Having taken a week off from my blog to enjoy Christmas and family time, I have now been encouraged to share my thoughts at the end of a tumultuous year both here in America and around the world. Therefore, I have taken a little time to review my commentaries from the past year in order to see if there might be a theme or a focus I can build upon. Thankfully I found exactly what I was looking for right back at the start of this year in my January 14 post entitled “Change Can Be Painful”.
“People are pushing back against experts and policy makers who promote punitive and half-baked ideas regarding what is best for us.
As for government and government officials, they are disliked, distrusted, and disrespected by the vast majority of Americans—many of whom are now approaching a state approximating open rebellion. This is not surprising because our long national experiment with expanding government to provide endless freebies fueled by reckless borrowing has now crashed into the inevitable arithmetic of profligacy—eventually you run out of money. Avoiding real-life financial decisions by charging the spiraling costs of government programs rife with waste and inefficiency to future generations of taxpayers—who are now stuck with the tab—was loads of fun for elected officials who could keep handing out goodies without the political inconvenience of raising taxes to pay for them, but the incredibly large check for that stupendous party has now been dropped in our laps. Tough and divisive discussions are certainly ahead.”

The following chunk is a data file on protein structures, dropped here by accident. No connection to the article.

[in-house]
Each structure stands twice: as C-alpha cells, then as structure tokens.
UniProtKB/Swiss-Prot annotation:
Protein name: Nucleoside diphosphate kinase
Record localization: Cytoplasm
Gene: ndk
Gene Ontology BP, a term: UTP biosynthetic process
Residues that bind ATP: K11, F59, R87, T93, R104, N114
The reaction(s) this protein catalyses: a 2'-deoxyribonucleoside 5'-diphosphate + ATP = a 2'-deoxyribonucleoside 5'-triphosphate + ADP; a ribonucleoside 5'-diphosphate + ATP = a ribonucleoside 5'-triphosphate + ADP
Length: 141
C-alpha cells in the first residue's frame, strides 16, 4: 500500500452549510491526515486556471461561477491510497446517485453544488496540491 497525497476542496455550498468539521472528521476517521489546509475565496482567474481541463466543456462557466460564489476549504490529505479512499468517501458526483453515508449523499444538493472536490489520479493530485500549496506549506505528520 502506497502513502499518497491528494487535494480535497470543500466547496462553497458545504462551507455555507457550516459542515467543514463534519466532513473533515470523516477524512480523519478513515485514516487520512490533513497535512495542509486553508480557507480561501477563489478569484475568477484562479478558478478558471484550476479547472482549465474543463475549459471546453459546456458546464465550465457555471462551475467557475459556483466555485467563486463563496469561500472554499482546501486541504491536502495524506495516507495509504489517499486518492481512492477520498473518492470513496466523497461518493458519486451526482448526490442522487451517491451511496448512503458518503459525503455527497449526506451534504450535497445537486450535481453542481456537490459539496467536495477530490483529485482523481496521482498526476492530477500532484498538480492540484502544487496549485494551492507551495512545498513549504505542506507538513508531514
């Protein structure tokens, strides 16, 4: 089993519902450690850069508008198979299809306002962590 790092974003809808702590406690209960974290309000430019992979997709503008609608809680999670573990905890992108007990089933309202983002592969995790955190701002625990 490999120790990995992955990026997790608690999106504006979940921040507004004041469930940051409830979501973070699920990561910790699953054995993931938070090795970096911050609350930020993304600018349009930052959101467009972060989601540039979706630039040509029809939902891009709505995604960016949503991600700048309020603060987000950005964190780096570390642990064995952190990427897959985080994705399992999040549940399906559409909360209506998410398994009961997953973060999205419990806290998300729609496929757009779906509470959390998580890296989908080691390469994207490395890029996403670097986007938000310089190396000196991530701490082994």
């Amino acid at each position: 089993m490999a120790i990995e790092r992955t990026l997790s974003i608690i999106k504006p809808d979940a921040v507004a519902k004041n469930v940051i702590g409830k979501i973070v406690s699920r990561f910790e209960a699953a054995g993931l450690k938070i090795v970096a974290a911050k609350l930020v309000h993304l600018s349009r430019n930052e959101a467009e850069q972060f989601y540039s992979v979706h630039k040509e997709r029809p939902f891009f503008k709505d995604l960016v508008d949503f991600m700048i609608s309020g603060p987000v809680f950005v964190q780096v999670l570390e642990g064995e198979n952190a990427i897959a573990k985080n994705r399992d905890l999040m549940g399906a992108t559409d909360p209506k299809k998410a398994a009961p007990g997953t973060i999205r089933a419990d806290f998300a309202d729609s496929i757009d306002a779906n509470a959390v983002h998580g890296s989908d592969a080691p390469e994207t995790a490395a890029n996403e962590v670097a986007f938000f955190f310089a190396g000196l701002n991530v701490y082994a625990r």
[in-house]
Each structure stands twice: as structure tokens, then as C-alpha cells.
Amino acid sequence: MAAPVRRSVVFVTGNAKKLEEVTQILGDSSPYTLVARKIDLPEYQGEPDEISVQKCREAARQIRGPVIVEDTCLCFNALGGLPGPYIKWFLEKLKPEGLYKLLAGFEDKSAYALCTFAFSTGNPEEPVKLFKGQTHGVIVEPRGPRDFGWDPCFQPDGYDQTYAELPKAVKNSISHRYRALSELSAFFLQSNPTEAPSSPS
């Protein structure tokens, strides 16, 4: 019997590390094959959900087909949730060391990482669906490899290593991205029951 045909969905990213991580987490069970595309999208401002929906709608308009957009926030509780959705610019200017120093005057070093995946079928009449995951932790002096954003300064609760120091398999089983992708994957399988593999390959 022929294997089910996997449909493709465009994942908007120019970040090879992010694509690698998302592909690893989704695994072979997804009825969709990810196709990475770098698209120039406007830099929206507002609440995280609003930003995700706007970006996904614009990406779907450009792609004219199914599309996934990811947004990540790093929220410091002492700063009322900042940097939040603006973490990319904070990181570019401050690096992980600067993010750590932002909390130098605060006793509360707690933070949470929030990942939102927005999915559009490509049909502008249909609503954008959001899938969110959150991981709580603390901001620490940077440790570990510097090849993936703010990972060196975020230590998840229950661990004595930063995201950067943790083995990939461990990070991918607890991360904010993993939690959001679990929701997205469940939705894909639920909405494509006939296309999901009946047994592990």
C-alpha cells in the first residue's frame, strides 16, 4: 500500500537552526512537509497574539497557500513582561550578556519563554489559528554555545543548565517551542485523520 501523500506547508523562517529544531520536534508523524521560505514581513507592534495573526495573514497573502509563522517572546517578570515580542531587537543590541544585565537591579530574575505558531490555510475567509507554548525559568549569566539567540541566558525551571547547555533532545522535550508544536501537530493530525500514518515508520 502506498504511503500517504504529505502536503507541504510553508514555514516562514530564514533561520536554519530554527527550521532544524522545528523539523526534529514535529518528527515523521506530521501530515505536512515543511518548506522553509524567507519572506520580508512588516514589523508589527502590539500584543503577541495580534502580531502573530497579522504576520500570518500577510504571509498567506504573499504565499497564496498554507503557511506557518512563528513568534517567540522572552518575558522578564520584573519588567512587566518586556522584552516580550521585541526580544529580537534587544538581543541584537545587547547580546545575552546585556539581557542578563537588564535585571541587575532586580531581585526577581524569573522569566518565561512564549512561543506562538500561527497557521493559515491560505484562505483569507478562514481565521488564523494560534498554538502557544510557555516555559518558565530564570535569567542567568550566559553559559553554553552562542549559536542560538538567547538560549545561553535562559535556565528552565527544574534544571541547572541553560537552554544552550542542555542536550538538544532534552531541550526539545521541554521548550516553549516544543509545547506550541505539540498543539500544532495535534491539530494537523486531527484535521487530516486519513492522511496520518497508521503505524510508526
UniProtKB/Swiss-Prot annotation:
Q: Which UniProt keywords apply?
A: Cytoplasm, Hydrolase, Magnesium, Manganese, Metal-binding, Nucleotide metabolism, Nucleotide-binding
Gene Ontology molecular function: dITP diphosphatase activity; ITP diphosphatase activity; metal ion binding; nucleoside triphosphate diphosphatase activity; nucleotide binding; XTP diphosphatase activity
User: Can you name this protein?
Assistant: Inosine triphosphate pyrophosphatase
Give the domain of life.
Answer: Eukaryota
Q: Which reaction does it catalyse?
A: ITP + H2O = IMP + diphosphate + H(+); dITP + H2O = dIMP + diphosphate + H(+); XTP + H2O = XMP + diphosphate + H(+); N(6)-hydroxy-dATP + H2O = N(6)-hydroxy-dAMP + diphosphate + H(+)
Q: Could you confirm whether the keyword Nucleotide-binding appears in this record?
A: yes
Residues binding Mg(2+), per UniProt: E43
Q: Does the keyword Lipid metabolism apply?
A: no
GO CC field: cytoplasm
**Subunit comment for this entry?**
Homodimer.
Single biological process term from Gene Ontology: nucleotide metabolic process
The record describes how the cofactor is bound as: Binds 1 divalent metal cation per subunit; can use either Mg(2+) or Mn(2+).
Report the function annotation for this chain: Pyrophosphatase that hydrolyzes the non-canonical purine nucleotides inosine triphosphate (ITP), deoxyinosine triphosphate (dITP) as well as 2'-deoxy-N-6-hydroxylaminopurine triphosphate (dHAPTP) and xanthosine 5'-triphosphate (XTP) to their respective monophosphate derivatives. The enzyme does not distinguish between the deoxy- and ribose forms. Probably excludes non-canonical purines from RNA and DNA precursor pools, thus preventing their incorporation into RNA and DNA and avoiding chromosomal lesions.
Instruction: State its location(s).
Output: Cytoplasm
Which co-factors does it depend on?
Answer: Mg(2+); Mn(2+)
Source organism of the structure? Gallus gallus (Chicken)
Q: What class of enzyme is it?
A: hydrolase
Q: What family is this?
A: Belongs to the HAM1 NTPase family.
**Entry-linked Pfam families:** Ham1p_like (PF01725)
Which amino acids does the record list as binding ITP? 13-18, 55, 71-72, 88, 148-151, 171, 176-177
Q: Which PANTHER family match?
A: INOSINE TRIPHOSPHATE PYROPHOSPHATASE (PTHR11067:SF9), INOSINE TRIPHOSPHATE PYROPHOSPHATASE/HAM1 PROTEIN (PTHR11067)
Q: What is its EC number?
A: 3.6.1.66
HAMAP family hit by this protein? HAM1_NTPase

This phenomenon has not been limited to the U.S. of A. One need only look around the world to see the leaders of the globalist status quo teetering and falling due to populist insurgencies in their own countries. France, England, Italy, Germany, Greece, Mexico, Brazil, and many other nations are dealing with wholesale rejections of their traditional elite leadership. Alarm bells are ringing in government offices around the globe as something approaching a physical revulsion for the insiders who have long ruled with impunity sends so many officials scrambling to understand the anger that has spread like a virus. Many nations now have their own Donald Trump-ish disrupters gleefully goring the powerful and holding them up to ridicule on socialmedia, which elected officials and appointed bureaucrats are naturally now desperate to control and censor under the guise of suppressing “hate speech”. Just how far all these protests around the globe will go is still an open question, but it is easy to see that business as usual is no longer an option.